fb-pixel

Great Scott’s landlord lines up a new tenant for the club’s space

Great Scott had operated at 1222 Commonwealth Ave. in Allston for 44 years.
Great Scott had operated at 1222 Commonwealth Ave. in Allston for 44 years.Keith Bedford/Globe File

Allston music venue Great Scott will not reopen at its original location after its landlord reached an agreement with another prospective tenant. The announcement comes days after longtime club booking agent Carl Lavin raised almost $200,000 through a crowdfunded investment campaign to revive the spot.

In a letter sent to Lavin Thursday, an attorney for Oak Hill Properties said the landlord is “moving forward” with another undisclosed applicant at 1222 Commonwealth Ave. “with the expectation . . . that a long-term lease will be executed shortly.” It also said Oak Hill will cease further communication with Lavin.

Great Scott first announced its closure on May 1 when owner Frank Strenk chose not to sign a long-term lease after 44 years in business. The club had gone dark in March because of the coronavirus outbreak.

Advertisement



After a wave of outrage and grief from the music community, Lavin made a deal with Strenk to obtain the site’s name, liquor license, and intellectual property, and a push to save the Allston club began in earnest.

Lavin turned to Mainvest, a Salem-based investing company that allows people to put money into small businesses, with the hopes of raising at least $150,000 — a goal he surpassed in early June. Shortly after, he submitted an application with newfound confidence that he could pay make rent payments, cover operating costs, and install the soundproofing that Oak Hill originally asked of Strenk.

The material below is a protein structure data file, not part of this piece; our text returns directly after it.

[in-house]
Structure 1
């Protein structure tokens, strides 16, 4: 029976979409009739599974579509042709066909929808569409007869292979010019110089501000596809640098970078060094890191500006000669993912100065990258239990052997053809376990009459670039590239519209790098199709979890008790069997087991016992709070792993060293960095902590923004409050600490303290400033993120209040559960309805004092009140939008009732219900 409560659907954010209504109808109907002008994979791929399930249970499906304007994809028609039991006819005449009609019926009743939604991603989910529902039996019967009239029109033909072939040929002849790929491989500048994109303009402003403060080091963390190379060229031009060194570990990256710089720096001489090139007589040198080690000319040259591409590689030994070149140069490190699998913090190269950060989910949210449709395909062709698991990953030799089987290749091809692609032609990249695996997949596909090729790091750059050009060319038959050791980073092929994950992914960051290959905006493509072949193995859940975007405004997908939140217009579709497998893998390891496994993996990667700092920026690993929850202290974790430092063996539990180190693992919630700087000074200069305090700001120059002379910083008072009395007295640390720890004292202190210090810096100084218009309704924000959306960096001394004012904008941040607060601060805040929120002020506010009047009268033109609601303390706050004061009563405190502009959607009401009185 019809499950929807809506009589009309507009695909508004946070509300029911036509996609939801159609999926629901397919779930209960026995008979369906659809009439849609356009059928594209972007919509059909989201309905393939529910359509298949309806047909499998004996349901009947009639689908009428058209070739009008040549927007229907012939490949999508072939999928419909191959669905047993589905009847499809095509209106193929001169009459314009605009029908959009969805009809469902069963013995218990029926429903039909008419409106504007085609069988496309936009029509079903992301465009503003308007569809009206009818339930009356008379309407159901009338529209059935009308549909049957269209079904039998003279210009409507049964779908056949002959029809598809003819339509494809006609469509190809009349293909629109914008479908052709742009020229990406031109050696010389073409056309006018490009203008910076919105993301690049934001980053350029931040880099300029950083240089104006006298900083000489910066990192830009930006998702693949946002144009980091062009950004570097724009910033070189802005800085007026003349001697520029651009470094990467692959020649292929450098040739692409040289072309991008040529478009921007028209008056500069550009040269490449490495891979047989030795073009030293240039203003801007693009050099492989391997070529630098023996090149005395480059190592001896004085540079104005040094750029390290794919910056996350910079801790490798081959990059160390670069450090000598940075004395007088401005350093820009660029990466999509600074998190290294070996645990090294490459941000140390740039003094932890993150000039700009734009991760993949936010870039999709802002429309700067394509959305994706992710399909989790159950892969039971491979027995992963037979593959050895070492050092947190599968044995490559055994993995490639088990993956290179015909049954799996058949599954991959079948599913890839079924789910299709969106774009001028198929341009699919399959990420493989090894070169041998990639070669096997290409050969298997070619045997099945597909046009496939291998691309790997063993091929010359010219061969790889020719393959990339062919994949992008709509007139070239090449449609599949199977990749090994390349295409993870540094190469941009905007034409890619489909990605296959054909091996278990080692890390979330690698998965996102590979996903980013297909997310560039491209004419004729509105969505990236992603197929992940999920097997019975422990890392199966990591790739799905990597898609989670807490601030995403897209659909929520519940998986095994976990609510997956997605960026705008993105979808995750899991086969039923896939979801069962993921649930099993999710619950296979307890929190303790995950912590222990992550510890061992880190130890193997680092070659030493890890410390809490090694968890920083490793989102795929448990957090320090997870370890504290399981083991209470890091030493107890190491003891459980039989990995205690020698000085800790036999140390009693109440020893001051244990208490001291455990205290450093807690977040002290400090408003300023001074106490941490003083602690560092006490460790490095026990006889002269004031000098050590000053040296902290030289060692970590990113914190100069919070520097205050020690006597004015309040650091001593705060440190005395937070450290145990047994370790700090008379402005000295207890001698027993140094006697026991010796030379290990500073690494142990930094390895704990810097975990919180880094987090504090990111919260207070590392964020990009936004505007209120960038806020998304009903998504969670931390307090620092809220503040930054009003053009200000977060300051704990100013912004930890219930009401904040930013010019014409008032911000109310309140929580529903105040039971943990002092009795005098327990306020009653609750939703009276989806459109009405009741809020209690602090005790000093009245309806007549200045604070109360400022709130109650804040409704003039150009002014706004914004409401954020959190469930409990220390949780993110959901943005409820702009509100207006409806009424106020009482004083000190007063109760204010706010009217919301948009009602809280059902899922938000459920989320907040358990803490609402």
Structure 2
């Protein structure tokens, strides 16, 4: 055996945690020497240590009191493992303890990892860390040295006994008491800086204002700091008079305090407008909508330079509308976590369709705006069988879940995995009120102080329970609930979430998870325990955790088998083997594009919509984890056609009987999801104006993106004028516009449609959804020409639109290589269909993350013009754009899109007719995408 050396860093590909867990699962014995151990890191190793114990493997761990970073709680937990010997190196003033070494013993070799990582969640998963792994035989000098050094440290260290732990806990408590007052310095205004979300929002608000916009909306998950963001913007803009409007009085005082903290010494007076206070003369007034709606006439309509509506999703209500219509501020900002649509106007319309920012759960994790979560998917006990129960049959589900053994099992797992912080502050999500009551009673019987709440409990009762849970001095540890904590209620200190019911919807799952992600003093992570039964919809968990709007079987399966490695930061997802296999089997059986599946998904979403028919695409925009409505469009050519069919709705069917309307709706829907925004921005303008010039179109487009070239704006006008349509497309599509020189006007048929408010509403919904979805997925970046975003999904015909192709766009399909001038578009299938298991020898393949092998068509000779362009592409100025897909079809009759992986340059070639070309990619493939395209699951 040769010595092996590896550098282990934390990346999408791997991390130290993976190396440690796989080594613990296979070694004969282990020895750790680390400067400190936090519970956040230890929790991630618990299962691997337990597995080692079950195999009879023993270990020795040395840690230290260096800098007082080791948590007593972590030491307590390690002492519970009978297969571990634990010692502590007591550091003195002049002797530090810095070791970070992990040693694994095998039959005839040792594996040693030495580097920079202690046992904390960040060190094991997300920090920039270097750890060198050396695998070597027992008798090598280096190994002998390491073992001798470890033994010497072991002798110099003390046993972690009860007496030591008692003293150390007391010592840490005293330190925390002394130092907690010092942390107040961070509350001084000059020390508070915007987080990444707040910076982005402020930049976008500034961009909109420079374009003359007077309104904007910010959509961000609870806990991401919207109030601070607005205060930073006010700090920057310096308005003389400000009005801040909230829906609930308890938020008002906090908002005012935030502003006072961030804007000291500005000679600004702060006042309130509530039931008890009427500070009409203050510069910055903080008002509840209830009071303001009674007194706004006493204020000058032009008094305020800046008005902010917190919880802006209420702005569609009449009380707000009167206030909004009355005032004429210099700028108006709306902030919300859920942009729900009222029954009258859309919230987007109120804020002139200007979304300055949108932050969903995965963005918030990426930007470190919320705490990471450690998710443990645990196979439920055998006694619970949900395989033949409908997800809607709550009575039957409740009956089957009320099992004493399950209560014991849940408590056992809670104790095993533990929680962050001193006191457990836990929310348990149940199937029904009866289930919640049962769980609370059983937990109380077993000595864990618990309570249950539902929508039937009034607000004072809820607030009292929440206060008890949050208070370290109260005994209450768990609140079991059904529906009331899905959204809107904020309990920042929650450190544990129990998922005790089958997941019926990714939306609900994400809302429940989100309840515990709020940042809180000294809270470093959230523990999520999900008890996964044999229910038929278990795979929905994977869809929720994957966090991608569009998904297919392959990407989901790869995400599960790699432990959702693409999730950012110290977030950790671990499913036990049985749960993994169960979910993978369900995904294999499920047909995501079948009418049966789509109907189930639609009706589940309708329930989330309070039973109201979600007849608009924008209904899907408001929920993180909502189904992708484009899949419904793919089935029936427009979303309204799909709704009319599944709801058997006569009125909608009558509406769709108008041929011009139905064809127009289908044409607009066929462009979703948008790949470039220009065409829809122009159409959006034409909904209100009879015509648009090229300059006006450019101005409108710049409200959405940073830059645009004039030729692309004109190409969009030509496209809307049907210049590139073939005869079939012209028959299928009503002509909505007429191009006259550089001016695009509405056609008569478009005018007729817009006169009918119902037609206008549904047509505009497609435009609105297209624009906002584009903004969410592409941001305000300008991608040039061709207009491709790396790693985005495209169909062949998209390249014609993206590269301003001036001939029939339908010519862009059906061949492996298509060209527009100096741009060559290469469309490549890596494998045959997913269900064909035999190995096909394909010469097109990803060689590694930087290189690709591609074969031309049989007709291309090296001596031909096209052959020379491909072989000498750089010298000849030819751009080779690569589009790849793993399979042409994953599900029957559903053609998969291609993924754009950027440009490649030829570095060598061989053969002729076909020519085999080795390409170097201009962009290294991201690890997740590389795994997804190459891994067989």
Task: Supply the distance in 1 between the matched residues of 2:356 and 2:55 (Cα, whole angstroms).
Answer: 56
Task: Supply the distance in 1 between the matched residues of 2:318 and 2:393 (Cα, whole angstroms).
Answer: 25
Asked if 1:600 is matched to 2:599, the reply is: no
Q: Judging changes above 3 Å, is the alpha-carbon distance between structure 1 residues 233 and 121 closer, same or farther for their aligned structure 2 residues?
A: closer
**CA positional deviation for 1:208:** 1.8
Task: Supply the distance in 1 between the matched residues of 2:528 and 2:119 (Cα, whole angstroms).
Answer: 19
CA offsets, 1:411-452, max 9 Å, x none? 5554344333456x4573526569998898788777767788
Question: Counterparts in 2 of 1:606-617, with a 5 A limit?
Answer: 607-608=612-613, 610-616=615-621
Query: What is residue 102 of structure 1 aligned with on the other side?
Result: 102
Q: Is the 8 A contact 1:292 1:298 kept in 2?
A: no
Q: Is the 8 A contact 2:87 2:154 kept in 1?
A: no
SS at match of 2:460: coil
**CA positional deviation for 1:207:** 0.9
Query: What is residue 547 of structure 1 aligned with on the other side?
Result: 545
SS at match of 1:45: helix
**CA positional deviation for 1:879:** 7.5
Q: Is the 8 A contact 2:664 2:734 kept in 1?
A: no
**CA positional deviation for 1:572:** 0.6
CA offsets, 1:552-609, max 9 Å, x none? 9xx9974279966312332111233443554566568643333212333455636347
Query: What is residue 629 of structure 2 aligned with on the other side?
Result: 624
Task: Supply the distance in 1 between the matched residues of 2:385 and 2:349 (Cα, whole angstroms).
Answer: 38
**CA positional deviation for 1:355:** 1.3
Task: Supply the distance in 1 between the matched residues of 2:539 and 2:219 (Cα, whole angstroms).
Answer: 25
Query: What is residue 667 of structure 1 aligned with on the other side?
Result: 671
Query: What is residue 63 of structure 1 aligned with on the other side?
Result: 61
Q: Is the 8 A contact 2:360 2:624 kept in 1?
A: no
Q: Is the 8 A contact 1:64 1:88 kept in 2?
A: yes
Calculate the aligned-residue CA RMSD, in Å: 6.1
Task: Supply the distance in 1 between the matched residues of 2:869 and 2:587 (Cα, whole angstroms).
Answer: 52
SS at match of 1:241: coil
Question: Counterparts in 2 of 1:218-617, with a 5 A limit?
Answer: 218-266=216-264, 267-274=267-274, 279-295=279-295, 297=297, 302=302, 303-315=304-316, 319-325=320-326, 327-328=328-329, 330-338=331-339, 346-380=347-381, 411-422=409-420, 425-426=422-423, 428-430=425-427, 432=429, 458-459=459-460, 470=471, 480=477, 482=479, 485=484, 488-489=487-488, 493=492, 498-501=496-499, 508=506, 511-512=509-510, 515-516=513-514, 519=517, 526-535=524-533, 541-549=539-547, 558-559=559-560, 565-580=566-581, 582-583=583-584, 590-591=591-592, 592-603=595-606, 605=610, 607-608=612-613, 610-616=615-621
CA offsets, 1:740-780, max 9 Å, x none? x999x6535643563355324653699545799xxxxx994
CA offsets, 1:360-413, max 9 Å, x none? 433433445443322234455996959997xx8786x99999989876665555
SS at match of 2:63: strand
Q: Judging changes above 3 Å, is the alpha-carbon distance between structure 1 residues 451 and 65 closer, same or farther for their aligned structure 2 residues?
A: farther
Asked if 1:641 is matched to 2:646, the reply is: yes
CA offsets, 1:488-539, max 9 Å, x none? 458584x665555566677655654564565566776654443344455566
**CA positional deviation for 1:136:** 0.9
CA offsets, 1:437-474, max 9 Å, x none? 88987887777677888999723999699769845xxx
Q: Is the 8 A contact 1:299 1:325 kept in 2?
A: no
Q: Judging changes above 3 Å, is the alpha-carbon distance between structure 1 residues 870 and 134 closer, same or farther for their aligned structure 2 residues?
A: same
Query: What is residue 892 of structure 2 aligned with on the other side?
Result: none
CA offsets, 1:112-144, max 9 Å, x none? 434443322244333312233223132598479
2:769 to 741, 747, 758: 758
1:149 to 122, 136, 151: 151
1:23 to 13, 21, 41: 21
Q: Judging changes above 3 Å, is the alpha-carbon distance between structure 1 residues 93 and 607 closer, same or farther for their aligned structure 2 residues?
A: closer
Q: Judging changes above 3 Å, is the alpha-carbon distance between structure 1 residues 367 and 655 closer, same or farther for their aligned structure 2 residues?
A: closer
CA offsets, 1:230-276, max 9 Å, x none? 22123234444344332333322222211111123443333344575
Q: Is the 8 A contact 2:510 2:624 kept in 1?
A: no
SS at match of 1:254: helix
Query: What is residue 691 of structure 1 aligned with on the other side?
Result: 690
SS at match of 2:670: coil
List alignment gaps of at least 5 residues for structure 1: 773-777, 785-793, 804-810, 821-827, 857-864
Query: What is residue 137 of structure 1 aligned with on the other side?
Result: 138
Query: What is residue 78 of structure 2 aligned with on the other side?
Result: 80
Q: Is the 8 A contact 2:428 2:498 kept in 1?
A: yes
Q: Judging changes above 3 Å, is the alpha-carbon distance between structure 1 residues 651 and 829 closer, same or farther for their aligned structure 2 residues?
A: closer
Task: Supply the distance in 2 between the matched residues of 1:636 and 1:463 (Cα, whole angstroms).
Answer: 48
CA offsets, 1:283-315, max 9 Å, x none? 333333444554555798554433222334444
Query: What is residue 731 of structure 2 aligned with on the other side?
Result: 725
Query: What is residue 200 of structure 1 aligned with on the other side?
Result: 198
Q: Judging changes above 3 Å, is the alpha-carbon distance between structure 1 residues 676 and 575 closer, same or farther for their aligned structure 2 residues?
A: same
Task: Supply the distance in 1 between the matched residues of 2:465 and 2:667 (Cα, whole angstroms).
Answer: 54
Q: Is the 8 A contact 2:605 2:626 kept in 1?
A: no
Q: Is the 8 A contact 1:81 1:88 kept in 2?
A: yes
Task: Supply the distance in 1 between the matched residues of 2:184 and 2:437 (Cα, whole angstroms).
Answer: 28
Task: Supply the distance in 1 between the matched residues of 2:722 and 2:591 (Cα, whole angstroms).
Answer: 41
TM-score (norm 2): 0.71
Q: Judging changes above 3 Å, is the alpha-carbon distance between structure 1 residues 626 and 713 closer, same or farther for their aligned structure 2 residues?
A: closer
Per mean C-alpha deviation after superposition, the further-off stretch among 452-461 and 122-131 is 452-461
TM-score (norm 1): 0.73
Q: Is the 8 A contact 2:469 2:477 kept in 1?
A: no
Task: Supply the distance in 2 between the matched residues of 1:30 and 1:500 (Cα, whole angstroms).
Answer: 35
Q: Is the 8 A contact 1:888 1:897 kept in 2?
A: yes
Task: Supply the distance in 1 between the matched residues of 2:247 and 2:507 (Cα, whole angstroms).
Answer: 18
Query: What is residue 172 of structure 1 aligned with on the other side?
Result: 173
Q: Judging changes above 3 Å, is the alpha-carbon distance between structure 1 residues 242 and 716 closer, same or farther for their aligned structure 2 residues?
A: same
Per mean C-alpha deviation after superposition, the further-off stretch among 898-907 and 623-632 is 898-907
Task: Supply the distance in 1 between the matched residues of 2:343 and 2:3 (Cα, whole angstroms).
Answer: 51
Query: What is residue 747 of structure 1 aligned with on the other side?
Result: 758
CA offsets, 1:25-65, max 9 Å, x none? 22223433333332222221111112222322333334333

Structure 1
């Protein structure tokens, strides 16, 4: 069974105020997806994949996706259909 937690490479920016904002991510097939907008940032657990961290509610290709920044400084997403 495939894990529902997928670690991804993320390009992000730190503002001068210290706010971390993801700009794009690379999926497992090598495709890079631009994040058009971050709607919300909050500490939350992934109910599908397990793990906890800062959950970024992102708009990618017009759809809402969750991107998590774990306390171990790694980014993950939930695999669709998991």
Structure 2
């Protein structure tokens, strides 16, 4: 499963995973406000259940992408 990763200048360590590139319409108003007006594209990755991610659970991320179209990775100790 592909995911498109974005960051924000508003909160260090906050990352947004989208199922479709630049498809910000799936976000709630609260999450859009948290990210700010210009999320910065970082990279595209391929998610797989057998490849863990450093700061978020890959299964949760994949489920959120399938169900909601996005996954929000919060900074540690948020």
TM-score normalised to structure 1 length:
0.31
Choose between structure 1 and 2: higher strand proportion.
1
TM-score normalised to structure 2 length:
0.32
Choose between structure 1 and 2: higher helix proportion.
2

But according to a statement from Mainvest CEO Nick Mathews, the application went unacknowledged by Oak Hill for weeks until Thursday’s letter. Mainvest said it also “requested an audience” with Oak Hill through its lawyer but was denied. Lavin could not be reached for comment on Thursday, but he told the Globe in early June that Oak Hill and its lawyer, John A. Mangones, were not receptive to his interest in maintaining the venue.

Advertisement



In this week’s letter, Mangones said the money Lavin raised would not cover the cost of the liquor license. Strenk “stated he would not sell the liquor license for less than $400,000,” Mangones wrote. “This alone is more than twice the amount Great Scott has raised through its Mainvest campaign, to say nothing of all other business expenses required to operate.”

Strenk could not be reached for comment.

If Great Scott can’t find a “viable path forward,” per Mainvest’s statement, investors’ contributions will be returned to them. Investors are promised a 140 percent return on their contribution by Jan. 1, 2027, if Lavin accepts the funds.

“We want to remind investors and supporters that while the campaign is ongoing, all funds are held in an Escrow account with an FDIC-member bank,” Mainvest wrote in a statement. “To the extent that the Great Scott campaign is unable to find a viable path forward, all invested capital will be returned to investors, fee-free.”

Diti Kohli can be reached at diti.kohli@globe.com. Follow her on Twitter at @ditikohli_.